create slow

I absolutely believe in the power of slowing yourself down, through most any way possible. For me, one of the best, most beautiful and also practical ways is by creating and making.

I use craft to meditate. And I know I’m not the only one.

What I mean by this is, that when I dedicate and focus to sitting and making or creating something – arts or crafts, you may call it – I find that I naturally slow down. The rate of my breathing slow, I feel a steadier deeper breathe. My mind stops chattering so much, and quietens to be with the project in my hands. My whole body is generally / mostly, by the very nature of craft, sitting down and still or calm (though of course, not always).

For me there’s some crafts that slow me more than others, some that really work their magic immediately. Some crafts or arts require a bit more skill, or technical know-how to move past before you can really fall into the mediation of the making. Knitting or crochet, to begin with, can be tedious and sometimes fraught with tension at learning the stitches, or making mistakes – of course, once you’re skilled then the slow becomes part of the process with these techniques. Loom weaving is a little easier to learn, to pick up, to make mistakes in – while you do need to know the technique, I find that I (and the students I teach) slip into a softer more contemplative mood very quickly.

Through my years of crafting, I’ve found that hand stitching is perhaps one of the best and easiest to pick up. Simple stitches, running stitch – in/out/in/out – in a straight line across the cloth. While I have been stitching my whole life, I’ve seen others slip into slow stitching easily. Slow Stitching, for me at any rate, is the sort that doesn’t require an outcome, or perfection of seam lines, or to be holding fabric together. It’s a decorative stitch, a simple pattern running along the cloth. Drawing with thread perhaps.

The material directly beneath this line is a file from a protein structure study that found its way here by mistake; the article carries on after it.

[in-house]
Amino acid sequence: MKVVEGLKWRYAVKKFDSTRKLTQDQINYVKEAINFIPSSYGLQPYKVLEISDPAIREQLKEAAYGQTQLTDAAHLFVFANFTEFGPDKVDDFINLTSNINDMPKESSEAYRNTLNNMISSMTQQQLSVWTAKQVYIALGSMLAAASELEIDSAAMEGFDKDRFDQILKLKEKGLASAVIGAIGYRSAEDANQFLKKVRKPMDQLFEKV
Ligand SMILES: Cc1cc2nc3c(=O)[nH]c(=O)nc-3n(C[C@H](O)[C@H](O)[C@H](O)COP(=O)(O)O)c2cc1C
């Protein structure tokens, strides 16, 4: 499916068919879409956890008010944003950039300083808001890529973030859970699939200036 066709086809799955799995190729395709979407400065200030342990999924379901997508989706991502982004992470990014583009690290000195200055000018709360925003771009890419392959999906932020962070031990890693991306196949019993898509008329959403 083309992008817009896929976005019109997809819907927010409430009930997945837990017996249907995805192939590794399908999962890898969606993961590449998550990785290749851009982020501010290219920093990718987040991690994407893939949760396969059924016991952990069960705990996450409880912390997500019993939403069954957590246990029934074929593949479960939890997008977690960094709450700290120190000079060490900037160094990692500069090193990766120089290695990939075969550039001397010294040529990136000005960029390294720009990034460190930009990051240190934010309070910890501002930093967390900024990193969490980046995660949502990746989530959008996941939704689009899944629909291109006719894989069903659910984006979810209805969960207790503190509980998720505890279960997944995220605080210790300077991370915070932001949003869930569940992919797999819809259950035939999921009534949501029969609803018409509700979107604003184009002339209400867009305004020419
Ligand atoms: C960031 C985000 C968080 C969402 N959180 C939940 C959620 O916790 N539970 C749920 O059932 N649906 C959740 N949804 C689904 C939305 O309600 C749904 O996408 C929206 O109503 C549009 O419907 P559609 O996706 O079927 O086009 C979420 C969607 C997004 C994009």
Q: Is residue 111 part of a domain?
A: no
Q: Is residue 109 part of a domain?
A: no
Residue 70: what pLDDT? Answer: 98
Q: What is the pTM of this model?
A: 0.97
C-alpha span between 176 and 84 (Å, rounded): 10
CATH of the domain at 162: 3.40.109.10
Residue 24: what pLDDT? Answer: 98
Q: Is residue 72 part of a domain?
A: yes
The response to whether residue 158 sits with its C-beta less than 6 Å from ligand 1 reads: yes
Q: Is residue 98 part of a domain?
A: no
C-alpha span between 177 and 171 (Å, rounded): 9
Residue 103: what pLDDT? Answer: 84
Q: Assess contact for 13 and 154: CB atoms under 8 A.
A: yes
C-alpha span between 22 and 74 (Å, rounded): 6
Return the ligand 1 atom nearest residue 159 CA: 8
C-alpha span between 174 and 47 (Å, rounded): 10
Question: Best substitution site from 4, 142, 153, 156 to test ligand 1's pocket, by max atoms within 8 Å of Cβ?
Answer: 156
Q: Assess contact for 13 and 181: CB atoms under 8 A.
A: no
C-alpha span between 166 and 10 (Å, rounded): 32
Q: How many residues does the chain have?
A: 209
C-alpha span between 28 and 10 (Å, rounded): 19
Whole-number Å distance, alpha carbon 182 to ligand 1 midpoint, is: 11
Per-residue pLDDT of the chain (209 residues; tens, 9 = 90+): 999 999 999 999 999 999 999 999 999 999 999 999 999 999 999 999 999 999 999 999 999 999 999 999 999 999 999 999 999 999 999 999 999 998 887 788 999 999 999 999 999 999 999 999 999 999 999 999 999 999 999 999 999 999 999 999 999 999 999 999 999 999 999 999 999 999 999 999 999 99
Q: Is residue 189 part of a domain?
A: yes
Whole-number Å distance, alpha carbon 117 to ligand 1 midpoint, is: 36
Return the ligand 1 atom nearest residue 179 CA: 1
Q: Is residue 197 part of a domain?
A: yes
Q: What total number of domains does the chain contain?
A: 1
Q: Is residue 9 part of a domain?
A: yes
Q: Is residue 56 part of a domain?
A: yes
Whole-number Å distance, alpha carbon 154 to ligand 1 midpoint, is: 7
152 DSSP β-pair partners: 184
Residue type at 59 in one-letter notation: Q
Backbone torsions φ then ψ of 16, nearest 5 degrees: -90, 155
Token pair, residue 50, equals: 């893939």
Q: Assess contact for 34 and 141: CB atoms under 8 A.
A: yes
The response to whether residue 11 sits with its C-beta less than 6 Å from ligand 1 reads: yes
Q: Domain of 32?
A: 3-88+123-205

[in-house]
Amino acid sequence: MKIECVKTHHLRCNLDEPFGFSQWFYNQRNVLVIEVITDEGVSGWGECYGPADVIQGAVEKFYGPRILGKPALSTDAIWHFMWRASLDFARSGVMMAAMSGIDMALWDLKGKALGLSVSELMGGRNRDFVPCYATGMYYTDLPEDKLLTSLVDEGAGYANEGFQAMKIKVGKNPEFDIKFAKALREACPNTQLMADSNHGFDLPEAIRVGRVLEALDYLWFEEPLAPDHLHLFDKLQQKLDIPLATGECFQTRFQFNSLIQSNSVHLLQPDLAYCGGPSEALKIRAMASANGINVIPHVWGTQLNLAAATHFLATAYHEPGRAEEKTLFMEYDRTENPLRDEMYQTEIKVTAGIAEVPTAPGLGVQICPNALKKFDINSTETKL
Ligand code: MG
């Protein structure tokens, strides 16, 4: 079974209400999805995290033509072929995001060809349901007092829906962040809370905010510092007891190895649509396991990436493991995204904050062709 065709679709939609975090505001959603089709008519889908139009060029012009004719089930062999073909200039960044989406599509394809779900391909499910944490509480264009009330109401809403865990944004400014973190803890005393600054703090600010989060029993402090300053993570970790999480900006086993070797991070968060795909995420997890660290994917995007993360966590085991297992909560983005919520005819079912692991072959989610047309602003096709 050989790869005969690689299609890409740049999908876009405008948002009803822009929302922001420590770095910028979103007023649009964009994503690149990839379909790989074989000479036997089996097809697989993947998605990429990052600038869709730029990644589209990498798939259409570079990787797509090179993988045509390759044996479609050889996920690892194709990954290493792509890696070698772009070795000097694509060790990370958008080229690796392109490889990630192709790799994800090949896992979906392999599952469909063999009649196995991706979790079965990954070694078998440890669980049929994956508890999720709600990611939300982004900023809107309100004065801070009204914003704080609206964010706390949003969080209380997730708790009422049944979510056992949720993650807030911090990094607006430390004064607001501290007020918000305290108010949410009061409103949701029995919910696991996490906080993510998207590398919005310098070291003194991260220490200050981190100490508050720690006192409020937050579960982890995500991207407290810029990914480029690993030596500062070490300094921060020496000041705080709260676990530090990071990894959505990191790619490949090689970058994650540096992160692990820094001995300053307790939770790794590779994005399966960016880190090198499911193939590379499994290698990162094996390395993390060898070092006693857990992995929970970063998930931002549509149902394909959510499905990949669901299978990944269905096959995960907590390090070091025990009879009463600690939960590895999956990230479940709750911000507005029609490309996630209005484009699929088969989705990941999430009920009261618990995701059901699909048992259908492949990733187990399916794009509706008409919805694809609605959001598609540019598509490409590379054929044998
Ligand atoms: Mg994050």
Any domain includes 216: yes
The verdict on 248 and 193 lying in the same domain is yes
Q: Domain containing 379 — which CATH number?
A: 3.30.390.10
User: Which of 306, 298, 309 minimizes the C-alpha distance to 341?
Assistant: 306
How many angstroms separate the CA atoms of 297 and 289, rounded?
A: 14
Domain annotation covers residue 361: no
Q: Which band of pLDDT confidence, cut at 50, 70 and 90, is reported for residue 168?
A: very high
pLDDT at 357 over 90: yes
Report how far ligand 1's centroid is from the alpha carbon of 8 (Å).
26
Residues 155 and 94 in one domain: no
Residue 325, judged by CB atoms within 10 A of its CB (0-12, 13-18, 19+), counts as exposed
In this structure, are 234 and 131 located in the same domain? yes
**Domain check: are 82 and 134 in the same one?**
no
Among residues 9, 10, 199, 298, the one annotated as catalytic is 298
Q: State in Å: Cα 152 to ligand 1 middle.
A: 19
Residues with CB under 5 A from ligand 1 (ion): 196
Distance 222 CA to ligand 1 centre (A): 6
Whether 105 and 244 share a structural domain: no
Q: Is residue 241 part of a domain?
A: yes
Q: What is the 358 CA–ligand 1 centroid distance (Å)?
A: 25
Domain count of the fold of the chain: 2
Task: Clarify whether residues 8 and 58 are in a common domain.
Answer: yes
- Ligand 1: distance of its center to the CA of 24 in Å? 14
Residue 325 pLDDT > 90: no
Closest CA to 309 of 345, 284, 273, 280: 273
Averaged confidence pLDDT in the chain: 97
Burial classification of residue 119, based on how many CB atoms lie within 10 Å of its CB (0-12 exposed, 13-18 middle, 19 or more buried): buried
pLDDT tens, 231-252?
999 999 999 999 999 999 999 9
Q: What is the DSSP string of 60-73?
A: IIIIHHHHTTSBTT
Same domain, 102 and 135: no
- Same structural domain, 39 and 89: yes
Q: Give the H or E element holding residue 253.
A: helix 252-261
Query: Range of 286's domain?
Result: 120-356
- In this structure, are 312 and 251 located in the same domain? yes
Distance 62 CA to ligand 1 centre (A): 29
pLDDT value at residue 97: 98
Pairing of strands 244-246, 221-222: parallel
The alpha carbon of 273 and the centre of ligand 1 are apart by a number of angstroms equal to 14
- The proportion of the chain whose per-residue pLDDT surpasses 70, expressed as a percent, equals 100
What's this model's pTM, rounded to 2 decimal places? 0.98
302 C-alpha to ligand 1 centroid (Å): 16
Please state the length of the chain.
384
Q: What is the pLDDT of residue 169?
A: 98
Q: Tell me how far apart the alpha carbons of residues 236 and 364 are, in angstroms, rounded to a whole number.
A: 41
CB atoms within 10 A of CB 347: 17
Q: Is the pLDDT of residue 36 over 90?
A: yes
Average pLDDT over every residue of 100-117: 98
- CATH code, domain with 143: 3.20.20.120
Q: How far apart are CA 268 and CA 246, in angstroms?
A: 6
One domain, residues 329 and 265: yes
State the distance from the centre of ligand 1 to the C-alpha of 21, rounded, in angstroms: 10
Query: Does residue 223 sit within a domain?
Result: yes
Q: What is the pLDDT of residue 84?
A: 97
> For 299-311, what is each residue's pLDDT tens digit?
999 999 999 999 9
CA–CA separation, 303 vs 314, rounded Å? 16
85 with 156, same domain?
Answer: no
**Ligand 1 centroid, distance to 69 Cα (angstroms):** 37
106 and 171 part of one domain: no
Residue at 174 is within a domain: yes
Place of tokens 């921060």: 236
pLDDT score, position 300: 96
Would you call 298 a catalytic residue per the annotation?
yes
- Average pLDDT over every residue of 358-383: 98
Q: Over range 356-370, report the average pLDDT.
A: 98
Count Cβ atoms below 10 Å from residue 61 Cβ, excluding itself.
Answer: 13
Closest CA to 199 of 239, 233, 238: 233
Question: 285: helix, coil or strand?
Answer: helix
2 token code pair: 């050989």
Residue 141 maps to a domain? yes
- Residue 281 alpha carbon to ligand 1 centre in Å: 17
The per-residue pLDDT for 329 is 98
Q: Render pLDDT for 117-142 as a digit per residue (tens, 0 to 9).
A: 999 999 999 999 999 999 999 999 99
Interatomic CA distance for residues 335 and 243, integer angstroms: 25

The tangent lines of a thought process working itself out with needle and thread on fabric.

Sashiko* and Kantha* -style stitches are most closest to what I’m talking about. And while Sashiko particularly, coming from Japanese culture, can be tied down with needing to have structure, rhythm and perfection to your stitches and patterns, in it’s simplest form it can be easy. I say ‘style’, as I work to my own methods, and don’t necessarily follow the stitches or rules of either Sashiko or Kantha. I best define it as Slow Stitching.

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I’d love you take a journey with me, even if you declare loudly that you can’t sew. Would you allow me to hold your hand and together we’ll slow our days, steady our breathing and in the process create a beautiful, mindful work of art. The quality and perfection of your stitches doesn’t matter – it doesn’t matter if your lines are straight or wonky (mine are always wonky), or if the stitch distance is even or random. To use this process as mediation, as a slowing to your everyday regular life – you need to stop looking at the end result, and start sitting with the joy of the process, and the quiet of the making.

Over the next few days I’m going to share a project that I’m making, and I do hope you can join me too. Those of you who have never sewn before, I’d love to have you join. I’m starting a # on Instagram – #thecraftofslow – and I hope we’ll build a space for people to connect, share, support and all learn to slow through our stitches (be they knit, weave, crochet, sew or more…..). This will be a little like a knit-along… let’s call it a slow-craft-along!

This here, is a piece indigo dyed linen, with simple shibori marks upon it. And stitches slowly slowly building up upon it. I’m going to turn it into a cushion for our couch, when I’m finished, but while I make it – I’m sitting and slowing, I’m breathing deeper… and you know what – my family (those crazy noisy people of mine) are running around me while stitch, life is living. I’ll pick it up, and put it down. And while I have the needle running through the fabric I’ll be breathing. and slowing.

This is my form of meditation.

*I’ll talk more about Kantha and Sashiko soon, as well as share some of my favourite stitch books.

One Comment

  1. I sometimes have an internal conflict between a similar love of stitching and what we can create with handmade creations, and with a slight impatience with myself at the time I spend to get a finished object! It comes back to wanting to be happy in the process, instead of a ‘thing’ at the end of it- something I have to keep reminding myself of.

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